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Today’s News - Friday, July 17, 2009

•   A sad day indeed: we lose Julius Shulman, a true master of photography; Hawthorne and Lubell offer up their appreciations (and wonderful slide shows).

•   If NYC's "Greener, Greater Buildings" plan is successful, "it will be the equivalent of making the City of Oakland carbon-neutral."

•   An in-depth look at how cities are "peeling back the pavement" to "daylight" buried urban waterways.

•   Weinstein finds that "innovations in glass technology come with a price - literal as well as artistic" as architects and engineers try to balance aesthetics with performance.

•   Winning the Burnham memorial competition could lead Woodhouse to more lucrative commercial assignments (and his secret life: he's an opera buff).

•   Kamin on the renaming of Sears Tower (now dubbed the Willie - ugh): "Would New York let this happen to the Empire State and Chrysler Buildings?" (very doubtful...we diehards still call MetLife the PanAm Building).

•   Weekend diversions: NYC's Governors Island has turned into an "art island" for the summer (and the ferry ride is free).

•   Hatherley on "The New Monumentality" in Leeds: is it time to revive 1960s British Modernism?

•   "Agents of Change: Civic Idealism and the Making of San Francisco" at SPUR looks at the legacy of top-down planning (it's not the buildings that should be blamed for misguided urban renewal projects).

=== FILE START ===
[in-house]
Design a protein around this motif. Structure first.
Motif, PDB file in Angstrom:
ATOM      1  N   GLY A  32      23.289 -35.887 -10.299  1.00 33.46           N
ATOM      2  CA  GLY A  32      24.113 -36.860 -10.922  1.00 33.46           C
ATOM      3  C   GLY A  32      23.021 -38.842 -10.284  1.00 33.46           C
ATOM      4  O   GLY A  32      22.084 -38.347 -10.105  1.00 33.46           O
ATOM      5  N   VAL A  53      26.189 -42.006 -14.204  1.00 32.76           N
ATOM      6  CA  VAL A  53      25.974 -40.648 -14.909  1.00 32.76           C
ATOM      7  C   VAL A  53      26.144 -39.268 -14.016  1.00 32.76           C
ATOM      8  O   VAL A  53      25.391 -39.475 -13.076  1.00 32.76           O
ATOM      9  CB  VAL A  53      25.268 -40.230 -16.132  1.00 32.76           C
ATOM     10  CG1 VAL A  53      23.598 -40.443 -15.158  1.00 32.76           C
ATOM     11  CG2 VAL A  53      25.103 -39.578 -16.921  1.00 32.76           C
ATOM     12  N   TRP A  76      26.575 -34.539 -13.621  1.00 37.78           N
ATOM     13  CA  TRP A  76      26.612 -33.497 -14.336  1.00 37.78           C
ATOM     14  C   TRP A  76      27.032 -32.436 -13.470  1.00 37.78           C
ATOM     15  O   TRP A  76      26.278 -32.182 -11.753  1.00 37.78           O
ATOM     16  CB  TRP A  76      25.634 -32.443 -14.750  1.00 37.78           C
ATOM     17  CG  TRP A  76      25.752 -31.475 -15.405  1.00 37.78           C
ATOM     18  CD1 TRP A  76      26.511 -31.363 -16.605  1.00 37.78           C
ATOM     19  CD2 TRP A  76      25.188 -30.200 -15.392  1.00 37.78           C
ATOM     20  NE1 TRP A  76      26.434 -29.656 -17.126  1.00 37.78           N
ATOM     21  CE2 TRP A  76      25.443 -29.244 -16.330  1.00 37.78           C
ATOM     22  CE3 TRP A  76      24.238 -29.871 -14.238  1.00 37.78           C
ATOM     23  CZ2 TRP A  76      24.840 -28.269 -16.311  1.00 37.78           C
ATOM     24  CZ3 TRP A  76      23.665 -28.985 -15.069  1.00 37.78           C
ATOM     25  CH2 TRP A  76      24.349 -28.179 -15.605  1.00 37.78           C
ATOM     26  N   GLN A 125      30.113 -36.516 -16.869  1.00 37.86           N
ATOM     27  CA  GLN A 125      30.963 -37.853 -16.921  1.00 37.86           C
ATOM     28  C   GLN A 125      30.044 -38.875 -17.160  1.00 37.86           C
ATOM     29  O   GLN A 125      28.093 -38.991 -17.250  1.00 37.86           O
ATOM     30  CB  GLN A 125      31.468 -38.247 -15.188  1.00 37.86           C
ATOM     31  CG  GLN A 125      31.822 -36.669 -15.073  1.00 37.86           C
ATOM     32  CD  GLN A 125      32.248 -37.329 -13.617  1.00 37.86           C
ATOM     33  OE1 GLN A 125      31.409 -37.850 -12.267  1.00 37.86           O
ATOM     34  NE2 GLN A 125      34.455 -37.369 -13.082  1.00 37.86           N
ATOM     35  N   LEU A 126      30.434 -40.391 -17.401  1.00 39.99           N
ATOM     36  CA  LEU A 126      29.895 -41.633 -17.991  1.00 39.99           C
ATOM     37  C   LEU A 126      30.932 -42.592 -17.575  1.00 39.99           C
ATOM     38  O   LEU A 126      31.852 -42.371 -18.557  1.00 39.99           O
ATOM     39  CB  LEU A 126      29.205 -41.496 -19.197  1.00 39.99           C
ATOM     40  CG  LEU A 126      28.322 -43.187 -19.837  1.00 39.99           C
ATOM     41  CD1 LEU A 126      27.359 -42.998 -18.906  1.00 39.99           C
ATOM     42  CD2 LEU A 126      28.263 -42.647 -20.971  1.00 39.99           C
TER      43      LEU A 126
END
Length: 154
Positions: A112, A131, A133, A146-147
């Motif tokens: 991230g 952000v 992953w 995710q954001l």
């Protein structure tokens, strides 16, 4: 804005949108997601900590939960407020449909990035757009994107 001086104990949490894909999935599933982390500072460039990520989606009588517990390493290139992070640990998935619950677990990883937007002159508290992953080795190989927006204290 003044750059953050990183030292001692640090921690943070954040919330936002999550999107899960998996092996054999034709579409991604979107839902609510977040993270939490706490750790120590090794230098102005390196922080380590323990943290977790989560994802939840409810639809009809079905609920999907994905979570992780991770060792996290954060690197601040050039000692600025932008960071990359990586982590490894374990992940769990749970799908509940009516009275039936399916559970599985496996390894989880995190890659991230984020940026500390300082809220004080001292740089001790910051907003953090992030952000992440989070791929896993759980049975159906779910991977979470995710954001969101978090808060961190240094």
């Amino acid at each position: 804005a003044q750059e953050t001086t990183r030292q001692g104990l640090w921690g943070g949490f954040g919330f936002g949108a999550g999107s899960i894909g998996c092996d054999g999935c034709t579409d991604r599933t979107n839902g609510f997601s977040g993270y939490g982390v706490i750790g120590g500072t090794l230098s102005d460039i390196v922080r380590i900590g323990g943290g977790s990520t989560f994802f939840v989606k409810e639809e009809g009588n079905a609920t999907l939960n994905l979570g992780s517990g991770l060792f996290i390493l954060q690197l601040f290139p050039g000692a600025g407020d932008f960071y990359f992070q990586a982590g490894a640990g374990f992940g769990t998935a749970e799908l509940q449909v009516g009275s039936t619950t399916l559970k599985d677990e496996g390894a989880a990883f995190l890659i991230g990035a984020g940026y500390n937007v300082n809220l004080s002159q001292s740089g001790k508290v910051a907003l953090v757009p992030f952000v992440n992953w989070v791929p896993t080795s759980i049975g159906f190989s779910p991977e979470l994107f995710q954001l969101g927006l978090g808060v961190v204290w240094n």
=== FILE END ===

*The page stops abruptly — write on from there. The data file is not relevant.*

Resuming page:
•   "Radical Nature: Art and architecture for a changing planet" at the Barbican: you'd "have more pleasure and more to learn with less effort from going for a walk in Hyde Park."

•   "Arthur Q. Davis: Legacy of a Modern Architect" at the Ogden Museum offers "a glimpse into the accomplishments of one of the most important architectural style-setters in New Orleans history."

•   Rawsthorn on the V&A's "Telling Tales": it "ignores the modernist goal of making decent products for as many people as possible at the lowest price in favor of unique objects that tell a story."

•   Something to really sink your teeth into: "Baking Architecture" exhibition at Melbourne's State of Design Festival.

•   Page turners: "Resilient Cities" outlines "some less-than-ideal future scenarios if nothing is done" about the energy and climate crises - and offers some options to help create more resilient urban areas.

•   "You Are Here" is a "delightfully lucid book shifting focus from feats of navigation to the design of public spaces."

•   "The Plan of Chicago @ 100" is a call for "us to take responsibility for making the city a beautiful place to live."

•   Just because: Floto+Warner's beautiful portfolio of the High Line.



  


A Space Within - The National September 11 Memorial and Museum


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